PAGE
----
A new multination military offensive is causing Boko Haram to surrender "en masse," a Nigerian military official claimed Sept. 13, just as humanitarian aid groups said Boko Haram attacks were creating a major hunger crisis in the region.
"The Nigerian Army in conjunction with the Nigerian Airforce and other security agencies will continue to devise and implement effective strategies to bring Boko Haram terrorism to a speedy end," the International Business Times quoted Colonel Sani Usman, Nigeria's acting director of Army Public Relations. "It will also continue to receive surrendering suspects and assures innocent ones among them that surrender is the only option open to them."
A special military force of 8,700 soldiers from Nigeria, Niger, Chad, Cameroon and Benin mobilized against Boko Haram in February, and Nigerian President Muhammadu Buhari has given newly appointed military leaders just months to stop the terrorists.
Despite Usman's claims, Boko Haram has forced nearly 800,000 people to flee their homes since June, causing mass malnutrition in some areas of Chad, Niger and Cameroon, the humanitarian Thomson Reuters Foundation reported Sept. 11. The World Food Program (WFP) and the American Red Cross have also reported a growing hunger crisis in the region, fueled by Boko Haram attacks in Nigeria and in the neighboring countries where Nigerians have fled.
Both sides of the conflict have reported successes since the 8,700 soldiers were deployed, according to news reports.
Boko Haram is blamed for many hit-and-run style attacks including suicide bombings. On Sept. 13, suicide bombers believed to be Boko Haram members killed at least seven people and injured 18 others in an attack in Cameroon, the Associated Press reported.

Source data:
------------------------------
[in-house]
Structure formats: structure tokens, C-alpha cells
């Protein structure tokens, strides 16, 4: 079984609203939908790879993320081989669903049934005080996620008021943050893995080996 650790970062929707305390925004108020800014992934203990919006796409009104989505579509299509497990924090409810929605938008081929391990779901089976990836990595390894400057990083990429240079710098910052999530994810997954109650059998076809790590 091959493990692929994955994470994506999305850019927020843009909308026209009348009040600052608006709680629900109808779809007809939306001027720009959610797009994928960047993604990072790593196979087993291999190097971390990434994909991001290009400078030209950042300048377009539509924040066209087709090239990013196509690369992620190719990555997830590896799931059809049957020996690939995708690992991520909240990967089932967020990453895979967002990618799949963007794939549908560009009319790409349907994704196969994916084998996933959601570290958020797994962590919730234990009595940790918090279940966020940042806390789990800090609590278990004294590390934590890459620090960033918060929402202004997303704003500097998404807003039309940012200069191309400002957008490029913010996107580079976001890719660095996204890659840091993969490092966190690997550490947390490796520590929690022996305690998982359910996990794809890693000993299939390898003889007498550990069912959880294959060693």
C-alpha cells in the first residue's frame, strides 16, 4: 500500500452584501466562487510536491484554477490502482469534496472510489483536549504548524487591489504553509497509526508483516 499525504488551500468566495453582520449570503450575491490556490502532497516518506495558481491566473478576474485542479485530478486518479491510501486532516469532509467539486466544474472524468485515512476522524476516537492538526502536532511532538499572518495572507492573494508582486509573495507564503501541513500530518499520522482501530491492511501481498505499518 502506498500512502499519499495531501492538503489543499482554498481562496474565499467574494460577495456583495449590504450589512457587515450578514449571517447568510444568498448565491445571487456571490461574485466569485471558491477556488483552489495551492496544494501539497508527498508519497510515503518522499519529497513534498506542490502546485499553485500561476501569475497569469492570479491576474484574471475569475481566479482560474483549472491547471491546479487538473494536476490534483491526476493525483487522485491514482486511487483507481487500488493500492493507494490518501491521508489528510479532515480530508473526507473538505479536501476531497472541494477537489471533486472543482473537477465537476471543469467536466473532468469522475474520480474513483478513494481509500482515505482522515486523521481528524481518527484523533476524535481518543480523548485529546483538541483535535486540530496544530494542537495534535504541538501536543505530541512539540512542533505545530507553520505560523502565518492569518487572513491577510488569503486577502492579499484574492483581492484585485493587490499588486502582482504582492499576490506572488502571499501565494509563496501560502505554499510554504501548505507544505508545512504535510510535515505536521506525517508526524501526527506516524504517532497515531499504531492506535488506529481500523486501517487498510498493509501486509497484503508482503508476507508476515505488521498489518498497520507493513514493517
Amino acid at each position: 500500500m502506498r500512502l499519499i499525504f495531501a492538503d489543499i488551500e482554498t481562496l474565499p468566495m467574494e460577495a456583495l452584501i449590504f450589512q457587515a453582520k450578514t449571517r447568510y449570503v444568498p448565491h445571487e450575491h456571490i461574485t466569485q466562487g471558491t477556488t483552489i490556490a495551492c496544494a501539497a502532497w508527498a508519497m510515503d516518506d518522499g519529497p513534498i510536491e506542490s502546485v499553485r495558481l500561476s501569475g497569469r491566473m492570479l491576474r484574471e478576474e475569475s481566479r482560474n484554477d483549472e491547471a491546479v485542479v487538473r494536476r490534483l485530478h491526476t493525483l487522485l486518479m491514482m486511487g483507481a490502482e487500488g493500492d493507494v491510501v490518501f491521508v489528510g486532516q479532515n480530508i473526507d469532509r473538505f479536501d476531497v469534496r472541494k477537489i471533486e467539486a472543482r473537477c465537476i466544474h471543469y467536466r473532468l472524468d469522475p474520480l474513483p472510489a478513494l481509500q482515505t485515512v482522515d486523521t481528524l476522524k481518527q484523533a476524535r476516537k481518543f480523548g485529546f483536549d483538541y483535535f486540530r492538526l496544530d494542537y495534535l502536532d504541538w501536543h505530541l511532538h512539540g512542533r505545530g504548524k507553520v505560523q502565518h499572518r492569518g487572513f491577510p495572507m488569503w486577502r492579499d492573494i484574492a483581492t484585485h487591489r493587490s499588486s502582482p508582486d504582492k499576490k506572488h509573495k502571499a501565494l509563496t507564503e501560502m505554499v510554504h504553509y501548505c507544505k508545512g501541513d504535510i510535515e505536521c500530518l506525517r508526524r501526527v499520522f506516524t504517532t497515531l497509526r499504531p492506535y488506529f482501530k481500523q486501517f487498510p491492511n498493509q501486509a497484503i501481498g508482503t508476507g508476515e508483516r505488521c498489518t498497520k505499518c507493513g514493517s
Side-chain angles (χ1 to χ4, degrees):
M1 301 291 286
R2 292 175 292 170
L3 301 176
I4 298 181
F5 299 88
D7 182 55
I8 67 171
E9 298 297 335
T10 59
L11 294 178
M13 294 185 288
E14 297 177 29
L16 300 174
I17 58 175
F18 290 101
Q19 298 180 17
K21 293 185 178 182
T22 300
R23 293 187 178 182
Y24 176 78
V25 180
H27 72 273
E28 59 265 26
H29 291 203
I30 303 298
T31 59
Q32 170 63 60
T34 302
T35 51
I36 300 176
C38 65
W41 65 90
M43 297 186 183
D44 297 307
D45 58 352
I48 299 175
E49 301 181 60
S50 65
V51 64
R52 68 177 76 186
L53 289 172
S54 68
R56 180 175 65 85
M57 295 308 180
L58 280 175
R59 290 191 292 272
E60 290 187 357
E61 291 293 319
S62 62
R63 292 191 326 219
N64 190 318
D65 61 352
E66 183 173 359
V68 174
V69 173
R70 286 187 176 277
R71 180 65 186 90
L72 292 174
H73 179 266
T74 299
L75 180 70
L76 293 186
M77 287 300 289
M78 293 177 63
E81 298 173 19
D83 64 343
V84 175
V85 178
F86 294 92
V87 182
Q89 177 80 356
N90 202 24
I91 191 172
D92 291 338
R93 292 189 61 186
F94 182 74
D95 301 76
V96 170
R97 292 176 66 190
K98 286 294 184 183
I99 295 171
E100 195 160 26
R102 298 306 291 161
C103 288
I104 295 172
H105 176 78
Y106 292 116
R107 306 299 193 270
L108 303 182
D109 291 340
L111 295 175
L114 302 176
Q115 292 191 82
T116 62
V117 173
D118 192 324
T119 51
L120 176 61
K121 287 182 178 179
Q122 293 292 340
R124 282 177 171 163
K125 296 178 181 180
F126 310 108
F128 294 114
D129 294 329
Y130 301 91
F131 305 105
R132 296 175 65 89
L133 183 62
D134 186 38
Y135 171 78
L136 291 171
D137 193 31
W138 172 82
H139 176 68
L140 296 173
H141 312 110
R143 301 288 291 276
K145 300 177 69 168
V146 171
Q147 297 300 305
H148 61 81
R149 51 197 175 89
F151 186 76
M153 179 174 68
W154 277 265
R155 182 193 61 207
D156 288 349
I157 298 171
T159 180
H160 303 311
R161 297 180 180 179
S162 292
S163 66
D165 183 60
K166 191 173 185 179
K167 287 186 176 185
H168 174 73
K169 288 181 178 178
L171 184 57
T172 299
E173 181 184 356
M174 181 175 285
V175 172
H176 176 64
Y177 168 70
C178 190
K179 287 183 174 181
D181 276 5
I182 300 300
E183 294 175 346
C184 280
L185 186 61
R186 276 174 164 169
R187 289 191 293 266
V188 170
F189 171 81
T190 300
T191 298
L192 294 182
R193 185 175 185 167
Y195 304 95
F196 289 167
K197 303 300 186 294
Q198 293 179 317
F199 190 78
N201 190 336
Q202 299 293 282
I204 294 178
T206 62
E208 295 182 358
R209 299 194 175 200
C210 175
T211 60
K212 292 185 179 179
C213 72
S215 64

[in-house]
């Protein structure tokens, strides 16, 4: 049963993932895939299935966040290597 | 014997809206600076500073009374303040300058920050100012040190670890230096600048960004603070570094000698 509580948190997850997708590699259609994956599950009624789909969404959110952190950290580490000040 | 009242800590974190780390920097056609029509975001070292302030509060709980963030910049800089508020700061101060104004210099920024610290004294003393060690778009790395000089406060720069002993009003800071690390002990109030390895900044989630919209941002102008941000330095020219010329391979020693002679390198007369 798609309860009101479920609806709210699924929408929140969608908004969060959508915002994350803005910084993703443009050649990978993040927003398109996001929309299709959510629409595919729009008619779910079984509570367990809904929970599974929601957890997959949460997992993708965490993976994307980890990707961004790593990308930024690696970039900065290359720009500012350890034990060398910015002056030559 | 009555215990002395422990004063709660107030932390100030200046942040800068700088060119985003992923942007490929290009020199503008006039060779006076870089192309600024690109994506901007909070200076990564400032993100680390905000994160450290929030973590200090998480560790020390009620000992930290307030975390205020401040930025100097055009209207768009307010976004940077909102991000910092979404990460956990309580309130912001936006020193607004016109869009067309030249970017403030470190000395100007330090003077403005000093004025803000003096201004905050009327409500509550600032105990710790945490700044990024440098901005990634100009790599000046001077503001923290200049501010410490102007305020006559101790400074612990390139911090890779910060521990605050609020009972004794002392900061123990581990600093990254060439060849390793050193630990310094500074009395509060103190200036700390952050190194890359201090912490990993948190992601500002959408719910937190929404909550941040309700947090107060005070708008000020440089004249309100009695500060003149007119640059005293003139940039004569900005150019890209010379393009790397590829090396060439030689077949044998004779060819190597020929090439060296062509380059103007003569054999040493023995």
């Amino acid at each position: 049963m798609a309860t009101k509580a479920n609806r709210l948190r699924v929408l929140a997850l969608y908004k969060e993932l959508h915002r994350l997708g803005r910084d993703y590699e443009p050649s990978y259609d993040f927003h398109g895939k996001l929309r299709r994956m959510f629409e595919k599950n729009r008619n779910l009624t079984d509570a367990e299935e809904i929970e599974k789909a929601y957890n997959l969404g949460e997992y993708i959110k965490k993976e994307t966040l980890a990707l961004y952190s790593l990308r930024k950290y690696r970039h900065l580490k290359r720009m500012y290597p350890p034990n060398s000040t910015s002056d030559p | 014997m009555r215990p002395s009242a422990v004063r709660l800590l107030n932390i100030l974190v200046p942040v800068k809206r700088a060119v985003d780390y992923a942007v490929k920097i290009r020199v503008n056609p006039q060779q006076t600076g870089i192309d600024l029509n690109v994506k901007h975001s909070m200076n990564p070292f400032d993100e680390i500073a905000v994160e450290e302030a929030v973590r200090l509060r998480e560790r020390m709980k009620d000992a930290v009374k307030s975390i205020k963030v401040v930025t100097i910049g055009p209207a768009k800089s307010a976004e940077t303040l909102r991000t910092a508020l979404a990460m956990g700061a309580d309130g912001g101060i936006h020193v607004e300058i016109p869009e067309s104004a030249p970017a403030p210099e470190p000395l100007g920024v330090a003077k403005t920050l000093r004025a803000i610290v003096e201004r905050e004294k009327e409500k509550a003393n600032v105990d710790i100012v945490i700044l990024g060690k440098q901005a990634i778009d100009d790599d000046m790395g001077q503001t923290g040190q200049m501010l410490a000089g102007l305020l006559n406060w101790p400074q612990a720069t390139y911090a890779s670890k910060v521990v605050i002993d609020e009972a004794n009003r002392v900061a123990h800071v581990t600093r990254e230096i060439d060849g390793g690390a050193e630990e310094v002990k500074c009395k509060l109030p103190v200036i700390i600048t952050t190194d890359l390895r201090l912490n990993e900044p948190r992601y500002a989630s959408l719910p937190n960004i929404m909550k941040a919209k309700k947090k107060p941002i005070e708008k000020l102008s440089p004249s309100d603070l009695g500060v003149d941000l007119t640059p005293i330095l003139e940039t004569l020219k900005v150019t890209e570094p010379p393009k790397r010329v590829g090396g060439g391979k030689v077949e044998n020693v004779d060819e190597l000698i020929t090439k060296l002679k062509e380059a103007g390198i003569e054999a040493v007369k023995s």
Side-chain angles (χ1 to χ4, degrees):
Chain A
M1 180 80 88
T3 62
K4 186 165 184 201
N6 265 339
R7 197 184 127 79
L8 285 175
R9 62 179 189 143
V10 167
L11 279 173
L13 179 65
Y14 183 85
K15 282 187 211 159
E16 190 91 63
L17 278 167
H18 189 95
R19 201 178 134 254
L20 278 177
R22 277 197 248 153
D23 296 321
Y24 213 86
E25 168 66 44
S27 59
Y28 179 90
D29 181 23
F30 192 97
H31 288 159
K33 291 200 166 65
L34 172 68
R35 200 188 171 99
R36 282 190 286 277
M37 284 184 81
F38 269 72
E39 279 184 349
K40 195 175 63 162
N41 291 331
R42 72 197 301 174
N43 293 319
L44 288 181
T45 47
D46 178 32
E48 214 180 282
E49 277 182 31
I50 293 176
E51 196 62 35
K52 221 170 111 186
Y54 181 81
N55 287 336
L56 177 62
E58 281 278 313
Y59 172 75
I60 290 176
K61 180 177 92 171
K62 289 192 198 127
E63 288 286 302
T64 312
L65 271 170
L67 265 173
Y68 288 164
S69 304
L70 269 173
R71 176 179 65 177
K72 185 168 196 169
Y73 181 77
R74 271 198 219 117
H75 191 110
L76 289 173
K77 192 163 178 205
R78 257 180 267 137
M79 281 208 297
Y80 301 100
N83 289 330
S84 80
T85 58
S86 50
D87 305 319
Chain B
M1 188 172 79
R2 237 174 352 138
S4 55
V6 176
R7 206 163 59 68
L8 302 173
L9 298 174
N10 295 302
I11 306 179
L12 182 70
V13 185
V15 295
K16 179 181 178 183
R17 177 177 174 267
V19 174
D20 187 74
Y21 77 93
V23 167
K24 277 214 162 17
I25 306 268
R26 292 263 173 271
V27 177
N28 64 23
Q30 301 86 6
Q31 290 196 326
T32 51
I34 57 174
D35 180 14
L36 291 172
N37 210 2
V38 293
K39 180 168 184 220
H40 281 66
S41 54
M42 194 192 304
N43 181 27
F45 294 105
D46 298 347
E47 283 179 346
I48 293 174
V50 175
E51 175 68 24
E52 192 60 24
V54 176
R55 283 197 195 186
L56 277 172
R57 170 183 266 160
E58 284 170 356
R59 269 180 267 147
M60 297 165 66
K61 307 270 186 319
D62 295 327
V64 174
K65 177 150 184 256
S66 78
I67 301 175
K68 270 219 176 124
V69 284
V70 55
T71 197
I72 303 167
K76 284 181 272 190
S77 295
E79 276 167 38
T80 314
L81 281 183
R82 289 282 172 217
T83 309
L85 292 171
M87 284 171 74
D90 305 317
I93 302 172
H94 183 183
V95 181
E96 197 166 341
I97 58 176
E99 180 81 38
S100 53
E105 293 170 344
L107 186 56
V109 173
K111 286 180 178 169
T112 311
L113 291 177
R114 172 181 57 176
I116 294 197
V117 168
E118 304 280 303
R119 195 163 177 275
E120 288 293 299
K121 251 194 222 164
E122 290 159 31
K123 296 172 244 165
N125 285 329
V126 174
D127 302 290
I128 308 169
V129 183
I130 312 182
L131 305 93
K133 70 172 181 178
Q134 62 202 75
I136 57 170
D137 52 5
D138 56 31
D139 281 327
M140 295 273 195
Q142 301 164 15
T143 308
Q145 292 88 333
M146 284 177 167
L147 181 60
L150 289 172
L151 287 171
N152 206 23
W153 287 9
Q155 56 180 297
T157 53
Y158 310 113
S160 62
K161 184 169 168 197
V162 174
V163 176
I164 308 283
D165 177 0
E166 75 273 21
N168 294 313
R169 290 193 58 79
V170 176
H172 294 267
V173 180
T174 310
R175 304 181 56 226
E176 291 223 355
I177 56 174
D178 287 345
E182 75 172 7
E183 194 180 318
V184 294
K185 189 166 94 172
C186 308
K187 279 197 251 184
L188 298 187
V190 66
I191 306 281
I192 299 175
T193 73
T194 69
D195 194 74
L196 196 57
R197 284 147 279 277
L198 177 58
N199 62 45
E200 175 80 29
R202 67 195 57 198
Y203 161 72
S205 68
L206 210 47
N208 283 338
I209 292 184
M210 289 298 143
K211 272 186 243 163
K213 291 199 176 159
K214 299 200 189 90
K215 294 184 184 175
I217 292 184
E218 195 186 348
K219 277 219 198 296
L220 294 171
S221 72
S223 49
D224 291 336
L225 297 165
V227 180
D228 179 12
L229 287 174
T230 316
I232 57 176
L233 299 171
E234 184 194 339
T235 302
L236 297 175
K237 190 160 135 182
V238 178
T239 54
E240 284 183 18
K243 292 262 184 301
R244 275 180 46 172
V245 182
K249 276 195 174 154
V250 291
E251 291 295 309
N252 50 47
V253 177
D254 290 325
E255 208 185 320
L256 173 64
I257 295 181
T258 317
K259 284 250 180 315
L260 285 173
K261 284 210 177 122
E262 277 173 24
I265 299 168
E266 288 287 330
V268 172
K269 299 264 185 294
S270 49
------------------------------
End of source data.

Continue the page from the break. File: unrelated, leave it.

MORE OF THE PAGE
On Sept. 2, suspected Boko Haram gunmen killed at least five villagers and injured six others in a raid in Borno state, after having killed at least 24 others in two separate village attacks in other northeast Nigerian communities days earlier, Reuters reported.
Boko Haram is blamed for killing 600 to 900 people in the region during Buhari's presidency, adding to an estimated 15,000 to 20,000 Boko Haram has killed since 2009. The terrorists have targeted Christians but have also killed moderate Muslims and others.
The international community focused on Boko Haram in April, 2014, when the terrorists kidnapped more than 300 teenage schoolgirls in Chibok. As many as 75 of the girls escaped, but about 220 remain missing and are feared sold as Muslim sex slaves or used as suicide bombers.
Boko Haram has pledged allegiance to the ISIS terrorist group, and is committed to establishing strict sharia law across Nigeria. In 2014 alone, 42 percent of all attacks by Boko Haram and Fulani herdsmen in Nigeria were on Christian communities, while 35.4 percent targeted random civilians, according to the Jubilee Campaign for global religious freedom. Other attacks in 2014 targeted Muslim communities (6.8 percent), the government (10.9 percent), schools (4.1 percent), and media and medical personnel (0.5 percent), according to the Jubilee Campaign 2015 Report on Nigeria.